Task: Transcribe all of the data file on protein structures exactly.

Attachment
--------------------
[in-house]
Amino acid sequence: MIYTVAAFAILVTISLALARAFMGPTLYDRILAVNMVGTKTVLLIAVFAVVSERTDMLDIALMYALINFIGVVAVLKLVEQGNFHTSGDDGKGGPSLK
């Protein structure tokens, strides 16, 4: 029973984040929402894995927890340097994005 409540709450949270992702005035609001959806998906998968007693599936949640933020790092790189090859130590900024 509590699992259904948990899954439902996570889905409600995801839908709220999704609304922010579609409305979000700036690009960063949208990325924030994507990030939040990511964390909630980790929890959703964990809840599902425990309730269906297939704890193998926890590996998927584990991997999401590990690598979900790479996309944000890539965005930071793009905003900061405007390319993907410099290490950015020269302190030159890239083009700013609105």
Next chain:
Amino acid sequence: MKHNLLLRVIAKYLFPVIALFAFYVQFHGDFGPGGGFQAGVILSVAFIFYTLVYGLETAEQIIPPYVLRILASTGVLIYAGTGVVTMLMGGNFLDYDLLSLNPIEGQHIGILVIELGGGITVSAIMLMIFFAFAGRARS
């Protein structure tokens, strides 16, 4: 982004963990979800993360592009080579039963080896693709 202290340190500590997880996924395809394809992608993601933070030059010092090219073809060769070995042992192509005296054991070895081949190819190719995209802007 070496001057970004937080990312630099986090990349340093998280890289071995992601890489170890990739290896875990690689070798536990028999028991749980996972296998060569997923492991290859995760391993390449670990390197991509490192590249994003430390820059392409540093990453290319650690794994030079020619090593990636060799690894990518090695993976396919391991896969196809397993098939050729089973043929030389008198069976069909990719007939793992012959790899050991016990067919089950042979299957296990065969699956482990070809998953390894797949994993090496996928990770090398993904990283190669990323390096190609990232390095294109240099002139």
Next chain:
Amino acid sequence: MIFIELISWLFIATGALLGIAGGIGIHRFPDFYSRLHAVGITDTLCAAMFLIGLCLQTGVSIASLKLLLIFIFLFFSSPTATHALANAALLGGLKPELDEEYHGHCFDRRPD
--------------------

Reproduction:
[in-house]
Amino acid sequence: MIYTVAAFAILVTISLALARAFMGPTLYDRILAVNMVGTKTVLLIAVFAVVSERTDMLDIALMYALINFIGVVAVLKLVEQGNFHTSGDDGKGGPSLK
């Protein structure tokens, strides 16, 4: 029973984040929402894995927890340097994005 409540709450949270992702005035609001959806998906998968007693599936949640933020790092790189090859130590900024 509590699992259904948990899954439902996570889905409600995801839908709220999704609304922010579609409305979000700036690009960063949208990325924030994507990030939040990511964390909630980790929890959703964990809840599902425990309730269906297939704890193998926890590996998927584990991997999401590990690598979900790479996309944000890539965005930071793009905003900061405007390319993907410099290490950015020269302190030159890239083009700013609105």
Next chain:
Amino acid sequence: MKHNLLLRVIAKYLFPVIALFAFYVQFHGDFGPGGGFQAGVILSVAFIFYTLVYGLETAEQIIPPYVLRILASTGVLIYAGTGVVTMLMGGNFLDYDLLSLNPIEGQHIGILVIELGGGITVSAIMLMIFFAFAGRARS
């Protein structure tokens, strides 16, 4: 982004963990979800993360592009080579039963080896693709 202290340190500590997880996924395809394809992608993601933070030059010092090219073809060769070995042992192509005296054991070895081949190819190719995209802007 070496001057970004937080990312630099986090990349340093998280890289071995992601890489170890990739290896875990690689070798536990028999028991749980996972296998060569997923492991290859995760391993390449670990390197991509490192590249994003430390820059392409540093990453290319650690794994030079020619090593990636060799690894990518090695993976396919391991896969196809397993098939050729089973043929030389008198069976069909990719007939793992012959790899050991016990067919089950042979299957296990065969699956482990070809998953390894797949994993090496996928990770090398993904990283190669990323390096190609990232390095294109240099002139």
Next chain:
Amino acid sequence: MIFIELISWLFIATGALLGIAGGIGIHRFPDFYSRLHAVGITDTLCAAMFLIGLCLQTGVSIASLKLLLIFIFLFFSSPTATHALANAALLGGLKPELDEEYHGHCFDRRPD